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With their fantastic physiques, bodybuilders have always tended to intimidate people. So, it has become common place to try to diminish them by claiming they are not very bright, but female bodybuilder Kristy Hawkins proves that stereotype false.
You’ll see a good example of this if you look at the movie “Don’t Make Waves,” and see actor Tony Curtis manipulating a befuddled Dave Draper to try and take his girlfriend (the unfortunate Sharon Tate) away from him.
In many cases, bodybuilders are teens who discover the gym, concentrate on training, and do not pursue education with any energy. But there are plenty of exceptions. Arnold and Shawn Ray both have college degrees and Frank Zane was a teacher. And, among the women, there is bodybuilder and powerlifter Kristy Hawkins.
According to Wikipedia: Kristy Hawkins was born and raised in Longview, Texas in 1980. In 1994, she started attending Longview High School. In 1998, she graduated from high school and started attending Texas A&M University that same year. She earned her Bachelor of Science in Chemical Engineering from Texas A&M University in 2002, graduating summa cum laude and with University and Foundation Honors. She earned a Master of Science in Chemical Engineering at the California Institute of Technology (Caltech) in 2005. She graduated from Caltech in 2008 with a Ph.D. in chemical engineering.
Kristy says she was overweight as a teen and in trying to lose pounds by extreme diet she became anorexic. When the fact that this was so unhealthy became clear, she decided to try to “work off” the excess weight. At first, she did cardio and dance. And then she discovered the gym and gradually became more serious about weight training, ending up as both a competitive bodybuilder and powerlifter.
“In the same way my brain seemed natural to respond to learning about science and math,” she explains, “my body responded to exercise and training. I found that developing these two aspects of my life – mind, and body – created a balance that I found extremely rewarding.”
Kristy won the NPC Nationals, heavyweight and overall, in 2008. This qualified her as an IFBB pro. She then went on to set numerous world records as a powerlifter. But it is difficult to train as both a powerlifter and a bodybuilder at the same time since the different types of training involved can make a considerable difference to body proportions and symmetry. Also, despite how much Kristy has always liked developing her mind and body at the same time, earning a Ph.D. from Caltech requires a great deal of time, effort, and energy. So, at a certain point in her life, Kristy decided she could no longer concentrate with the same emphasis on bodybuilding and powerlifting competition and her career as a scientist as well.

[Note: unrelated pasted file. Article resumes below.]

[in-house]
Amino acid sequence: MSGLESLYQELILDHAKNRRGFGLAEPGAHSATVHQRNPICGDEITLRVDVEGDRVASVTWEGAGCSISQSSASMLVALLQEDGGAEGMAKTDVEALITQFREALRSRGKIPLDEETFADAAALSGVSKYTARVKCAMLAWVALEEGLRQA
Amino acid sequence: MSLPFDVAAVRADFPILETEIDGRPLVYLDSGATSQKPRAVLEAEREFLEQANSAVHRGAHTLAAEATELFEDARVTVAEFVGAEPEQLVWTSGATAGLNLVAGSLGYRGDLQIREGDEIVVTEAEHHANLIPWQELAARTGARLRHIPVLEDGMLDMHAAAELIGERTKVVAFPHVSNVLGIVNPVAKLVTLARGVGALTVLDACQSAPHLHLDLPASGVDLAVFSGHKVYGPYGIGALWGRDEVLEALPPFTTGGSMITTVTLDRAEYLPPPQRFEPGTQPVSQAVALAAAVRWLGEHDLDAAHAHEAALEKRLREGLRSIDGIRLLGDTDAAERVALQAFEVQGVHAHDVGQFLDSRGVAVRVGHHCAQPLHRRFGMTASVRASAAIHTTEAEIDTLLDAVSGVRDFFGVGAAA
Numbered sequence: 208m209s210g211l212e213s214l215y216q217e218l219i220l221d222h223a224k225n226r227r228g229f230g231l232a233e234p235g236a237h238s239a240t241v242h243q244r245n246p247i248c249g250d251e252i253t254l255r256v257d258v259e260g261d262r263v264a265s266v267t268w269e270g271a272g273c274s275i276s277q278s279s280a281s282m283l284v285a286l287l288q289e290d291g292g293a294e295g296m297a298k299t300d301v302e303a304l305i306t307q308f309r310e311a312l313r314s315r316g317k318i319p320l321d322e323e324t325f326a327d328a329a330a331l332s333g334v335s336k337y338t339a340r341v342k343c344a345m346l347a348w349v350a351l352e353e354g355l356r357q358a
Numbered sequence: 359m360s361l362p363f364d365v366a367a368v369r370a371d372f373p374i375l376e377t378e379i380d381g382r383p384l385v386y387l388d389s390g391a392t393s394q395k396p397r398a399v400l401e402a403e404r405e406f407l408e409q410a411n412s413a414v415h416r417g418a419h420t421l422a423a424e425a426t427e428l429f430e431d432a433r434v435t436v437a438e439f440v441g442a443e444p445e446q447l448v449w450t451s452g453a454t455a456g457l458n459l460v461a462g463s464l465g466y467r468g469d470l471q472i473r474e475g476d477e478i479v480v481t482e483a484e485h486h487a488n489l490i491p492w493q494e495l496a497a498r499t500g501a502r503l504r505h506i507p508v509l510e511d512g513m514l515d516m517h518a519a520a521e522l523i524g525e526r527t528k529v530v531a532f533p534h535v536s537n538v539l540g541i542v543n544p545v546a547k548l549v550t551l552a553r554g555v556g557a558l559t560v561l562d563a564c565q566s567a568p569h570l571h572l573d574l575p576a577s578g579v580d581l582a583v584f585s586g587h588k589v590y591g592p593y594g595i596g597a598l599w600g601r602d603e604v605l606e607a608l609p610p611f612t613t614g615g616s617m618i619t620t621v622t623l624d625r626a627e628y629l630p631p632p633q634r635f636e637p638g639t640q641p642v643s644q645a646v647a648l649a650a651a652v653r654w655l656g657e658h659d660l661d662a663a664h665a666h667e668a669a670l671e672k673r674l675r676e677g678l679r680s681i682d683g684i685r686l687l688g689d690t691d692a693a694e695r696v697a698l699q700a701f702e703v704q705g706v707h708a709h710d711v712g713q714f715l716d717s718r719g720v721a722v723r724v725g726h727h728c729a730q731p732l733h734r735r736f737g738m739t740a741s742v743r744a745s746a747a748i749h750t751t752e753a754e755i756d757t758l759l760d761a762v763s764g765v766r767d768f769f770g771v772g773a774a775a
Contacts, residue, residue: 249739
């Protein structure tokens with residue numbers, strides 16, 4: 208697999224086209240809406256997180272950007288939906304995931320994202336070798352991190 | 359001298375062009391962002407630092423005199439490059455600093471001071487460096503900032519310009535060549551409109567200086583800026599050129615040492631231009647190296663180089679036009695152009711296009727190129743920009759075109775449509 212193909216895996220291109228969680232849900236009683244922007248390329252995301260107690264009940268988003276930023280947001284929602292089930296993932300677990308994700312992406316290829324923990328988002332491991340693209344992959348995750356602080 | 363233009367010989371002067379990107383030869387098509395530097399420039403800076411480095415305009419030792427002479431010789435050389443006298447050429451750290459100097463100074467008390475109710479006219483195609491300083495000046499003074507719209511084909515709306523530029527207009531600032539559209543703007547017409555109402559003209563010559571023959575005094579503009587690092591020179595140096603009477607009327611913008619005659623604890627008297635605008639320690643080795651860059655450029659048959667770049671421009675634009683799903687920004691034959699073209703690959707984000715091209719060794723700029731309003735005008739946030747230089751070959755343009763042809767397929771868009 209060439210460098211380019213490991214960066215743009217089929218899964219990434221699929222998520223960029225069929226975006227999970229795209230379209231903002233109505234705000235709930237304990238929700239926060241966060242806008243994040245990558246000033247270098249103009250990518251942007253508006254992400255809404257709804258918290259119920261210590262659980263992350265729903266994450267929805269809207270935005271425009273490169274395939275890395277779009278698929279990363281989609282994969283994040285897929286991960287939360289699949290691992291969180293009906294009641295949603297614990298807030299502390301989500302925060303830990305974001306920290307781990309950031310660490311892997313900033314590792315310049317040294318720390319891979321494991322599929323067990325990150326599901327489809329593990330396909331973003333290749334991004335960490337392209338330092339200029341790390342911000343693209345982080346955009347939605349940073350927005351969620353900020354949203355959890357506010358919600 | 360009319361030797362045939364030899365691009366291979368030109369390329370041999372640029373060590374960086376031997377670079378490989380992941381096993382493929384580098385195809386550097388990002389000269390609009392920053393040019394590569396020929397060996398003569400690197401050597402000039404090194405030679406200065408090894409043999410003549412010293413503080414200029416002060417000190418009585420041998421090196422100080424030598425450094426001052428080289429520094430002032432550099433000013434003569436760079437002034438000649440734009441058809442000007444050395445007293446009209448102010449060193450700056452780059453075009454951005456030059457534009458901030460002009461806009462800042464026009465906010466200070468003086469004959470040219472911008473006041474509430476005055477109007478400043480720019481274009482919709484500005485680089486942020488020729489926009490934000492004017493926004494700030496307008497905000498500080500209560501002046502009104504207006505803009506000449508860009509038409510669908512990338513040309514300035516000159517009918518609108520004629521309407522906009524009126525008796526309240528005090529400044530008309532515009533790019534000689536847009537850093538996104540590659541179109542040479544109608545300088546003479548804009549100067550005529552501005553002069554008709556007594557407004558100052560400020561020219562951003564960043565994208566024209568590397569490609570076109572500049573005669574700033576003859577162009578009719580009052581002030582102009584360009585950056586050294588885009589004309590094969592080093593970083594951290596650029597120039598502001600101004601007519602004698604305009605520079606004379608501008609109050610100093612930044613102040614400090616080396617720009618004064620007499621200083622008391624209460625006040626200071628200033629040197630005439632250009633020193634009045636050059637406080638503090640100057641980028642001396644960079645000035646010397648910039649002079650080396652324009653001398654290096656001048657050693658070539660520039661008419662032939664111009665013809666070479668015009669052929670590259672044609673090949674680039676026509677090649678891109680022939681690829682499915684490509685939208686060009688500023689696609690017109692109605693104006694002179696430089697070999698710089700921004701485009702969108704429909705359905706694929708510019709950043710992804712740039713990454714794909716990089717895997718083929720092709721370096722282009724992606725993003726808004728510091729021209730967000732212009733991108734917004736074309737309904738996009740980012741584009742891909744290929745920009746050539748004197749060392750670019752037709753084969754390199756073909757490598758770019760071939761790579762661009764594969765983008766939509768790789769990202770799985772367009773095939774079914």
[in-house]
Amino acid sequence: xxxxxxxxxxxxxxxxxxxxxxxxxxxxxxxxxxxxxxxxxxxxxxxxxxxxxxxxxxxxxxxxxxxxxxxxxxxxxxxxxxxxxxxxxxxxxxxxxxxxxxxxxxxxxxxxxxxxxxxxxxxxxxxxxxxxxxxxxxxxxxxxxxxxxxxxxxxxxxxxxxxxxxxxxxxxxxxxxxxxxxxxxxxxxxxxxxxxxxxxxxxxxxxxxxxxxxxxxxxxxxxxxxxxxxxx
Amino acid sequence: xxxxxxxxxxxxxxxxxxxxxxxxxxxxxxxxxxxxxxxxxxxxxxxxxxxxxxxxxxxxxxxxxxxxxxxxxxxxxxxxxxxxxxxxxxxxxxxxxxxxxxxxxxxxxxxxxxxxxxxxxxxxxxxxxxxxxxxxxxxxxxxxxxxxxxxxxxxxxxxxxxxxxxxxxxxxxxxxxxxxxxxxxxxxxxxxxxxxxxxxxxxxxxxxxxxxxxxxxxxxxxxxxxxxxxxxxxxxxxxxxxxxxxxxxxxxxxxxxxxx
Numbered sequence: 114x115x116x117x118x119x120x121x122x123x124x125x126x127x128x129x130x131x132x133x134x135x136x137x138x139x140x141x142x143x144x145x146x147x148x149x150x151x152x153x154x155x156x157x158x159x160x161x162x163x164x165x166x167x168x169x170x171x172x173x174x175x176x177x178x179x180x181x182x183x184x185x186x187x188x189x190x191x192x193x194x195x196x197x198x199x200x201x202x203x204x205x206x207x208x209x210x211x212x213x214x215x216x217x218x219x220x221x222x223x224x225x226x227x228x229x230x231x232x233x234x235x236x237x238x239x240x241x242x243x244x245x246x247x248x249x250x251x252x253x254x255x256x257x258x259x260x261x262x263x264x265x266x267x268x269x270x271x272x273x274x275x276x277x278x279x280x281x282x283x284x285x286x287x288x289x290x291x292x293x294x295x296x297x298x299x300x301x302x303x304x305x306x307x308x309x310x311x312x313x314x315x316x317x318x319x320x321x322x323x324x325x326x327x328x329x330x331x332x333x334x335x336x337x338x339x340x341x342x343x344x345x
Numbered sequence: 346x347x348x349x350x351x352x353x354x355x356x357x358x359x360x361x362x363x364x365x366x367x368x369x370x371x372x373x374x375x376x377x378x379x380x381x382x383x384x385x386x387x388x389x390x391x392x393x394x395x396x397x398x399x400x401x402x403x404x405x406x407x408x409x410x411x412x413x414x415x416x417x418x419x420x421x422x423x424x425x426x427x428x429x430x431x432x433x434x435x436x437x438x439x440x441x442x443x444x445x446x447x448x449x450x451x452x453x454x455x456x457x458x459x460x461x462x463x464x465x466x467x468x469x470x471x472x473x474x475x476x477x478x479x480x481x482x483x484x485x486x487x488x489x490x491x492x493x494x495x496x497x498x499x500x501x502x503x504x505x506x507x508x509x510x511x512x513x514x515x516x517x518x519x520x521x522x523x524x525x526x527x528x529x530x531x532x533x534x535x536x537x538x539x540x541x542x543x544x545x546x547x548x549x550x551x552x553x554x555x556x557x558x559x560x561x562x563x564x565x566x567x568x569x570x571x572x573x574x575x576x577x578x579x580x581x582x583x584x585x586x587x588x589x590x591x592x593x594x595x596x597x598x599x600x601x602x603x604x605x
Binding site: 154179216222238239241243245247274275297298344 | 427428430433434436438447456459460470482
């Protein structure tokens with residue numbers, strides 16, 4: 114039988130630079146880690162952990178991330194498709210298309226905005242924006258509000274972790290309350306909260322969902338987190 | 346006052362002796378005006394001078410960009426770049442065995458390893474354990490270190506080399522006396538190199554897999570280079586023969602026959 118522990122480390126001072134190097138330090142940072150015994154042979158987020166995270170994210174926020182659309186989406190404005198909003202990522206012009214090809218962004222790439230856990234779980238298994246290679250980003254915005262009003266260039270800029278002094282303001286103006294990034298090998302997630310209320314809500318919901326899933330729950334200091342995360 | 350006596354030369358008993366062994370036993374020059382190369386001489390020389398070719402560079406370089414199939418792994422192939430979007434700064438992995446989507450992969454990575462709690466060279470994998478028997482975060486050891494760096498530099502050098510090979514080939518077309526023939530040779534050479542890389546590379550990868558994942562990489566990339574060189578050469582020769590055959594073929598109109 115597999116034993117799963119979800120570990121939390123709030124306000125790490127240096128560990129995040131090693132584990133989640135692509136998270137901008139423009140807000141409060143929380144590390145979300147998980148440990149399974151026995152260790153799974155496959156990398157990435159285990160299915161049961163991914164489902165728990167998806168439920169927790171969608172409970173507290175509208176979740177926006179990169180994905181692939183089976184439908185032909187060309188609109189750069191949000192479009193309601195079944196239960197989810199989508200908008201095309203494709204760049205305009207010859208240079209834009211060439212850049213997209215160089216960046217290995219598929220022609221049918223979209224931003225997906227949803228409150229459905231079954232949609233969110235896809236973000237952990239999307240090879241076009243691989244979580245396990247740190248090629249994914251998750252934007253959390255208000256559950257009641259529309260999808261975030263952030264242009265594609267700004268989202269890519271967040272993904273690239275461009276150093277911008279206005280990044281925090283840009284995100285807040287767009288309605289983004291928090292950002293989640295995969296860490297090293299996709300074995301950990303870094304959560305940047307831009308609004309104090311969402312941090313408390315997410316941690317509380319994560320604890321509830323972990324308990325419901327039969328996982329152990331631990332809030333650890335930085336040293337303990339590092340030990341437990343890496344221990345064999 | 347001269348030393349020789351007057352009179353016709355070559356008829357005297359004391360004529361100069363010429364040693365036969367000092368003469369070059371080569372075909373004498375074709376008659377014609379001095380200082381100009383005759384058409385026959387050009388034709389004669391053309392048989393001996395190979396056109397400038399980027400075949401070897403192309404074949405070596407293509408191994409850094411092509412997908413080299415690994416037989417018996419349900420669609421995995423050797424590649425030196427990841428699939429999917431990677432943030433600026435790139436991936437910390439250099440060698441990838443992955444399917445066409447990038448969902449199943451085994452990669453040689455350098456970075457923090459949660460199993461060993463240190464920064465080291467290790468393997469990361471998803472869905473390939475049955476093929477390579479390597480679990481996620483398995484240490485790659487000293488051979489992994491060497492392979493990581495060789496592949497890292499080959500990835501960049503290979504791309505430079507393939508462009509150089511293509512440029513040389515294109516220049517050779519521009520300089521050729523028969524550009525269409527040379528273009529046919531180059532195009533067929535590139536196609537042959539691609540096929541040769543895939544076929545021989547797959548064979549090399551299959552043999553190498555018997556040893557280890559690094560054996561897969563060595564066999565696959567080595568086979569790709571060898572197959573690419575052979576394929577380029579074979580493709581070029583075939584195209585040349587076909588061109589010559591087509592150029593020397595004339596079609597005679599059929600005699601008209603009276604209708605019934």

“As life goes on,” she says, “circumstances change, and your goals must change as well. But I certainly hope I will serve as an example to both female and male competitors that you can be a bodybuilder or powerlifter and still develop your other talents – as a doctor, lawyer, scientist, entrepreneur, or even movie star.”
“Training as a competitive athlete can be a springboard to future success, rather than a barrier.”
In 2011, Hawkins stepped away from professional bodybuilding and successfully stepped into the realm of powerlifting, while maintaining a “bodybuilder” type look to her physique. She has stated that when she was just starting this sport, she managed to squat 400 pounds.
|08/20/16||Total (no wraps)||165 lb. (75 kg)||1,328 lb. (602 kg)||WRPF|
|11/05/16||Squat (no wraps)||165 lb. (75 kg)||496 lb. (225 kg)||SPF|
|11/12/17||All Squats (with & without wraps)||165 lb. (75 kg)||573 lb. (260 kg)||SPF|
|11/12/17||All Totals (with & without wraps)||165 lb. (75 kg)||1,434 lb. (650 kg)||SPF|